The likelihood of both the Munjal-Burman and IHH proposals receiving shareholder approval was expected to be equally high.

Considering several bids had part binding and part non-binding components, the legal adviser had said the Manipal offer was the strongest if only the binding parts were taken into consideration. The Manipal-TPG consortium was ready to put Rs 2,100 crore upfront into the company compared with Rs 1,050 crore by Munjal-Burmans and Rs 650 crore by IHH.

The IHH offer, according to people present in the board meeting, was the cleanest structurally and offered the maximum to the shareholders, having agreed to commit $1.1 billion into the company. However, what went against it was the insistence on a seven-day due diligence. “IHH had in fact brought down the earlier request of three weeks. Even then it was held against them,” said an official on condition of anonymity, as the discussions were private and confidential.

Both advisers had opined that seeking time for diligence was not a big enough risk. IHH had already done a detailed analysis of the company last year, before walking out of the deal due to the then ongoing legal battle with Daiichi Sankyo.

Some of the board members insisted that Munjal-Burmans are Indian entities and therefore more adept at dealing with and managing the “the local environment”.

“It’s become a case of a totally divided board — all the members brought in by the erstwhile promoters supported Munjal-Burmans while the new inductees were against their bid,” said an official. “It’s all recorded in the minutes of the meeting.”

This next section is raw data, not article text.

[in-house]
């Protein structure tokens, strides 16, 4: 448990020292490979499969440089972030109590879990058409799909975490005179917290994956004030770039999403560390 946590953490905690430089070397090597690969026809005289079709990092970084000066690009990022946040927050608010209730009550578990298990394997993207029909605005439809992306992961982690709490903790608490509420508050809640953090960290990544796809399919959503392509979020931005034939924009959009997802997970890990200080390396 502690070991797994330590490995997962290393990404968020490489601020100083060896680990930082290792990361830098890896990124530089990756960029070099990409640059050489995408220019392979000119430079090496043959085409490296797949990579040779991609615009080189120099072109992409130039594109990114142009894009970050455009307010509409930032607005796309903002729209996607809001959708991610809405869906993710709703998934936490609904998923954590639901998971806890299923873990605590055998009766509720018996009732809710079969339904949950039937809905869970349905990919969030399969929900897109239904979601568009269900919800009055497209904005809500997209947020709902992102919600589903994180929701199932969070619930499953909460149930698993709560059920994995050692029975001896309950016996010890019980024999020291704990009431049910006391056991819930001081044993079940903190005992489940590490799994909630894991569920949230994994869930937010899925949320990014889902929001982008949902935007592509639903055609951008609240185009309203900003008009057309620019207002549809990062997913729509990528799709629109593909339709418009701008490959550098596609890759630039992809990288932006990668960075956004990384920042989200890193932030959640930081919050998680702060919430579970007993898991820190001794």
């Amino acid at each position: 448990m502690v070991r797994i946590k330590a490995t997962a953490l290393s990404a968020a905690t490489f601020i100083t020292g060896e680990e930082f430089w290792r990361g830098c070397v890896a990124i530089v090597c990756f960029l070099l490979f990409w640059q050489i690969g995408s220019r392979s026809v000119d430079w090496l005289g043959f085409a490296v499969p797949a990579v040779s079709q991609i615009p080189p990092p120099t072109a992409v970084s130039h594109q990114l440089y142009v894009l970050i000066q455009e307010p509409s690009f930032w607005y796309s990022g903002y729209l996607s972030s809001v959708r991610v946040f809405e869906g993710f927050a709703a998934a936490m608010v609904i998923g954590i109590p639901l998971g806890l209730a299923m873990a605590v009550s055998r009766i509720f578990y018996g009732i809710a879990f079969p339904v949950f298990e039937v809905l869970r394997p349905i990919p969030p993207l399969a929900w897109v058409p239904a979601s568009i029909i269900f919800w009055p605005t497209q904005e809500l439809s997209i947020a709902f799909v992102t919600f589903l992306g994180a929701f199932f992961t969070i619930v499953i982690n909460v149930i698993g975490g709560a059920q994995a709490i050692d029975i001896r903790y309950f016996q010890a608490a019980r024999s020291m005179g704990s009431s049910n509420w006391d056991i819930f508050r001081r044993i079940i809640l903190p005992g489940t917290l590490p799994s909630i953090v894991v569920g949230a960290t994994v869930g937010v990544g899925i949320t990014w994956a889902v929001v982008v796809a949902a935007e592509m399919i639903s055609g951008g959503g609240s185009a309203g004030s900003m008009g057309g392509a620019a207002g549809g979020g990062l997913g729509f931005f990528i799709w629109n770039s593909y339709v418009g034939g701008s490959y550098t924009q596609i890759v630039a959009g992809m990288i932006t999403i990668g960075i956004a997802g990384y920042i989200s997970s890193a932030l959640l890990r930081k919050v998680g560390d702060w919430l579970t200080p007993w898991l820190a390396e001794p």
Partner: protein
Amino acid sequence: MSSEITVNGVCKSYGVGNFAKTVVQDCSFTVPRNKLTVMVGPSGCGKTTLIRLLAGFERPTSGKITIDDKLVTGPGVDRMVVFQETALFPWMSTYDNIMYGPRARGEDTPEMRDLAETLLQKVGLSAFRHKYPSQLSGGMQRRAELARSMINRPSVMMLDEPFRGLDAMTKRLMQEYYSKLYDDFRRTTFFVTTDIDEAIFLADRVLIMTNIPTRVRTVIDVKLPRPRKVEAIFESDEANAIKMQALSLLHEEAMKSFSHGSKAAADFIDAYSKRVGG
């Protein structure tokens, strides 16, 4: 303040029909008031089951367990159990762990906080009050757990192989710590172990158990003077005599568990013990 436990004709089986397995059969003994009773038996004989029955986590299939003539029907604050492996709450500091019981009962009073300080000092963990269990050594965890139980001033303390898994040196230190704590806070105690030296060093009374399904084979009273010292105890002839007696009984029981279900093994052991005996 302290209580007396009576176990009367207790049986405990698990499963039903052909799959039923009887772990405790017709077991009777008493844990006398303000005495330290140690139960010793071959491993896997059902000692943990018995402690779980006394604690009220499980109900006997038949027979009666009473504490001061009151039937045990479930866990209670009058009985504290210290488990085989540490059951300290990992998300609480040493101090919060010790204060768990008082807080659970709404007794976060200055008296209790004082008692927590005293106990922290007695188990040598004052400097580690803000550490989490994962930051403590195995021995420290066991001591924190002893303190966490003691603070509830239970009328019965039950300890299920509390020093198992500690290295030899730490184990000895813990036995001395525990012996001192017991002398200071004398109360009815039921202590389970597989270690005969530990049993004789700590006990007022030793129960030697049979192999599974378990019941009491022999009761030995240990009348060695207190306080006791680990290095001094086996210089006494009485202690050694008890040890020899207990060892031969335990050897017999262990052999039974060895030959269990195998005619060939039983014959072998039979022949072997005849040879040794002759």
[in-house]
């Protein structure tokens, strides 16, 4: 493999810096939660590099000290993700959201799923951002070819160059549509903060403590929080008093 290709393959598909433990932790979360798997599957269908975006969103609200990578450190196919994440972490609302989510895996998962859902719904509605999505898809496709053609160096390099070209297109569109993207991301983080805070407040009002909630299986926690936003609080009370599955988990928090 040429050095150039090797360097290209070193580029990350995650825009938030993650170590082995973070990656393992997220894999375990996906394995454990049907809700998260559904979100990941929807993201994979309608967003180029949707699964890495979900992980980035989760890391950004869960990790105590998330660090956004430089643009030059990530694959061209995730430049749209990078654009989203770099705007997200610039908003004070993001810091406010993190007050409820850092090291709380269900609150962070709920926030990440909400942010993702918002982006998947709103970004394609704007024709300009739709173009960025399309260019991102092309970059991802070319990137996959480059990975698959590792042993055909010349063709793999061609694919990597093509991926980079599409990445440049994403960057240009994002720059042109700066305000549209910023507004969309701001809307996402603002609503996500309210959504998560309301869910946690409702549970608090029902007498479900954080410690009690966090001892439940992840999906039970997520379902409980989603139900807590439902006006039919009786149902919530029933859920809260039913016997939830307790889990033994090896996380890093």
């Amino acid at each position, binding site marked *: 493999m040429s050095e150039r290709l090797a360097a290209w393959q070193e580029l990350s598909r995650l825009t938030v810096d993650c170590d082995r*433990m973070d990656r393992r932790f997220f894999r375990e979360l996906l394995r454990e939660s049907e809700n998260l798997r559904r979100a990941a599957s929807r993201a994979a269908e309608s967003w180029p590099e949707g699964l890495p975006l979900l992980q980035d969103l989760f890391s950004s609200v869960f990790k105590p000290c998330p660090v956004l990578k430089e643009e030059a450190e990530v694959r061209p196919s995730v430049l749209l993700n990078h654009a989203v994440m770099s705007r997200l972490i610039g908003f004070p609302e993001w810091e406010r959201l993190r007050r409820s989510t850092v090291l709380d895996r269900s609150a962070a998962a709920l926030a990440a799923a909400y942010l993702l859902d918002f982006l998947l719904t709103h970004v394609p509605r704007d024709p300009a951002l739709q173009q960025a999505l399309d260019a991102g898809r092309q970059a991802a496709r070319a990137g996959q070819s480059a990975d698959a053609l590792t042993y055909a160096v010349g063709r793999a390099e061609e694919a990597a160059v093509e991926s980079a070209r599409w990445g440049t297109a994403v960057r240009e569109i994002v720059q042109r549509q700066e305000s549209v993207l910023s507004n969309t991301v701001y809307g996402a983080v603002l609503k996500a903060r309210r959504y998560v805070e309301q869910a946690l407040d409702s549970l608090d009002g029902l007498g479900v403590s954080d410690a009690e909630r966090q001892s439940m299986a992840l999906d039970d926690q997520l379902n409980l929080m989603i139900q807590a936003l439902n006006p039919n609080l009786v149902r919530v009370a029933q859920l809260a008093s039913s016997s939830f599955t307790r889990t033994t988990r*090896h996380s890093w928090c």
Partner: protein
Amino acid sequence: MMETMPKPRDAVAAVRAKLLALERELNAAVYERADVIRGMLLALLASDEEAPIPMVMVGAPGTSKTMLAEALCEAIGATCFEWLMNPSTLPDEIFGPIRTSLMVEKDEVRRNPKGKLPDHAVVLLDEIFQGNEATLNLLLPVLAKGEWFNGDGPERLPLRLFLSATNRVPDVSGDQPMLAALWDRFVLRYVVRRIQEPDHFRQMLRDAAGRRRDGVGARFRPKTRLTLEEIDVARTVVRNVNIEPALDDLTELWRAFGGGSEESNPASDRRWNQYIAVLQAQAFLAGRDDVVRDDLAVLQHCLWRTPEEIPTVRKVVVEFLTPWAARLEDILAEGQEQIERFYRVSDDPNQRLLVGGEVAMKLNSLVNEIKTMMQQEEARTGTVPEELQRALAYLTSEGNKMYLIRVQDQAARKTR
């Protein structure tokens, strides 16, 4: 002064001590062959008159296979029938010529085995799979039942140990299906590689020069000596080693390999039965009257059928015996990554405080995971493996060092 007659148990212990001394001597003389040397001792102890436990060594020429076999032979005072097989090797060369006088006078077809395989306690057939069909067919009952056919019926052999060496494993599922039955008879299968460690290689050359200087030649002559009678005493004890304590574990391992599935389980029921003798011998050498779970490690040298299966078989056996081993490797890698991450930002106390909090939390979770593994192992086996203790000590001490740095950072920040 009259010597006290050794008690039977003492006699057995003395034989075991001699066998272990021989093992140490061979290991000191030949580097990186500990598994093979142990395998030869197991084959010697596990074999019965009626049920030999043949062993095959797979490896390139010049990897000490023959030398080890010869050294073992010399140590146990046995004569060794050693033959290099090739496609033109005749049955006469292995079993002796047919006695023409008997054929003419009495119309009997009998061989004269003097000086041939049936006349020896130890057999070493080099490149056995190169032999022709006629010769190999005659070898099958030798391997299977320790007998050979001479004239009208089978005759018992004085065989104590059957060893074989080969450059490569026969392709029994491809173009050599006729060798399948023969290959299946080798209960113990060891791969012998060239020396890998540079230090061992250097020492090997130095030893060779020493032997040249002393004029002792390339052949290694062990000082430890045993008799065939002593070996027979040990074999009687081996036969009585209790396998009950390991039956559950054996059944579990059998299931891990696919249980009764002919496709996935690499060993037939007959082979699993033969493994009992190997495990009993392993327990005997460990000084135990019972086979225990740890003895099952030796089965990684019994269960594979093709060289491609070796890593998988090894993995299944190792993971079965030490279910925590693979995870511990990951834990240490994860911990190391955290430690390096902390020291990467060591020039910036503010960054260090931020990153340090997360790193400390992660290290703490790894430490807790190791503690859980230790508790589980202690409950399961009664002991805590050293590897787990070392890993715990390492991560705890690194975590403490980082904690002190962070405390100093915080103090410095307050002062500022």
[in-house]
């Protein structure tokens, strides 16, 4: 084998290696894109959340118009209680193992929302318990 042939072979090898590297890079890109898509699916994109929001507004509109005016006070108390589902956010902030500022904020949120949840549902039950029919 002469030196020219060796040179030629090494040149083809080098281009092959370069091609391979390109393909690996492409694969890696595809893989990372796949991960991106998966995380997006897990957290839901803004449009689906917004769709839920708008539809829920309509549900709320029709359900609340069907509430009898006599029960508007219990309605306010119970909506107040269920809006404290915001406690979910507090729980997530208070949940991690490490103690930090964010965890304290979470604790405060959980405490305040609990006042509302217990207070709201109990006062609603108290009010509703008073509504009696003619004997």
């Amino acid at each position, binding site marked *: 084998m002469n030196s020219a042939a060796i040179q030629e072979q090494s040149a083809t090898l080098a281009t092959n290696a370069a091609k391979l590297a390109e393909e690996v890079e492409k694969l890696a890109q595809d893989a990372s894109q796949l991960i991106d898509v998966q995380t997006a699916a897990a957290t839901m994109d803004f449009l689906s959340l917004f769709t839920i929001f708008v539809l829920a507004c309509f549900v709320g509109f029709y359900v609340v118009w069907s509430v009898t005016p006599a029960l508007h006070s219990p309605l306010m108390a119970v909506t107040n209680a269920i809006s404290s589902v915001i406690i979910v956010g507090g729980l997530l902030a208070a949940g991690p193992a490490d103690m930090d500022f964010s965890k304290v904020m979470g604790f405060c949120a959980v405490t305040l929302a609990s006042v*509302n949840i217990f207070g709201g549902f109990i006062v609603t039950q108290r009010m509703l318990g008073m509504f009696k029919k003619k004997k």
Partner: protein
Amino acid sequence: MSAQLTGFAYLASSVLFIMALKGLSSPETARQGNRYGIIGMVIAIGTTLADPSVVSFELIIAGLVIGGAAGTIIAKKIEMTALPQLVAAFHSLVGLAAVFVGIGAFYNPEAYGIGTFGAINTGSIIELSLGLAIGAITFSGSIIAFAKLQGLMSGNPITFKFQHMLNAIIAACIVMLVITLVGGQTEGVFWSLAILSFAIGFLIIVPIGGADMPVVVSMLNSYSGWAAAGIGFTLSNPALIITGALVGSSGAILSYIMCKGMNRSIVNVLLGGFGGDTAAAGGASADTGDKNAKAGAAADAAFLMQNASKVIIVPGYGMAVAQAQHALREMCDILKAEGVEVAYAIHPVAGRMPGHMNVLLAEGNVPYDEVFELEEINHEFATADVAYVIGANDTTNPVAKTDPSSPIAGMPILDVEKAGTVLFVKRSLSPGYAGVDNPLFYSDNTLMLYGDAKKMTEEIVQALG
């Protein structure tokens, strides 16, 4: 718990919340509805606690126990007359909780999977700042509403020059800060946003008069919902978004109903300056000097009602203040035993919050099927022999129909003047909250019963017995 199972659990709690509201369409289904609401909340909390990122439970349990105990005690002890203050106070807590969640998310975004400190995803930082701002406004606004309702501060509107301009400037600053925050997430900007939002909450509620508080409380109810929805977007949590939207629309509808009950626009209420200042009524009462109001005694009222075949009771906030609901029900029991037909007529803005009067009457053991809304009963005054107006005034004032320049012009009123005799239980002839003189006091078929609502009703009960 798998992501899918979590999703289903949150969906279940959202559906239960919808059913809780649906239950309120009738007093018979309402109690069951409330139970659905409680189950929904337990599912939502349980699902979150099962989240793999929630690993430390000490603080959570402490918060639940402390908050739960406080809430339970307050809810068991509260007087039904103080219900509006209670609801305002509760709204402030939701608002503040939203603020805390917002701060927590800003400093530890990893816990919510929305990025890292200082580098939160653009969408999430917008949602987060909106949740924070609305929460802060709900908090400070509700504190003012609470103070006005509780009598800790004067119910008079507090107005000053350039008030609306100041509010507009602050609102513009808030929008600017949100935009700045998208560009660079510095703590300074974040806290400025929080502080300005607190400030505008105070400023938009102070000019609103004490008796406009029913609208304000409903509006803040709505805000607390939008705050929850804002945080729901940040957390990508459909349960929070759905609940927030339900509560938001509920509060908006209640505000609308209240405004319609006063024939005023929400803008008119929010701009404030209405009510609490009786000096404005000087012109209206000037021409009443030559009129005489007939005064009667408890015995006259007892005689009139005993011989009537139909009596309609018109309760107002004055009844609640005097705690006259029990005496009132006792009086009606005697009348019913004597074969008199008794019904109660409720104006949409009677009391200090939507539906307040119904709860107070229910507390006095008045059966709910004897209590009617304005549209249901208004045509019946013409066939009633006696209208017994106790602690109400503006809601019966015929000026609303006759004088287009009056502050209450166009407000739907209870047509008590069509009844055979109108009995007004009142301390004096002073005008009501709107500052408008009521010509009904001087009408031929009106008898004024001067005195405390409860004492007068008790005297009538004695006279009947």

RAISING QUESTIONS
These older members are also under the spotlight as investors such as Eastbridge and Jupiter along with Rakesh Jhunjhunwala, who together represent 13% of the company, have questioned their credibility. The first two have sought an extraordinary general meeting on May 22 to replace these members.

While board chairman Harpal Singh is the father-in-law of Malvinder Singh, Brian Tempest was the MD of Ranbaxy under the Singhs while Lt General Tejinder Singh and Sabina Vaisoha are believed to be old family friends of the Singhs.

Arpwood and SCB declined to comment.

In response to ET’s emailed queries about the development, Brian Tempest, independent director at Fortis Healthcare who presided over the last board meeting, said, “The board took legal risk advice from its legal advisers, took financial advice from its two financial advisers, took financial/legal advice from the Expert Advisory Committee and made an overall decision based on certainty and liquidity after 15 hours of consultation and discussion during the 10th May board meeting.”

Tempest, along with four others, recommended the Munjal-Burman offer to shareholders for approval over the proposals by IHH, Manipal-TPG and Radiant Life Care-KKR.

Without disclosing names, Tempest said the Munjal-Burman proposal had the support of the majority of the eight-member board, including the oldest serving directors.

However, it has been reliably learnt that all three independent members recently inducted into the board to improve transparency in the bidding process — Ravi Rajagopal, Suvalaxmi Chakraborty and Indrajit Banerjee — had voted for either IHH or Manipal.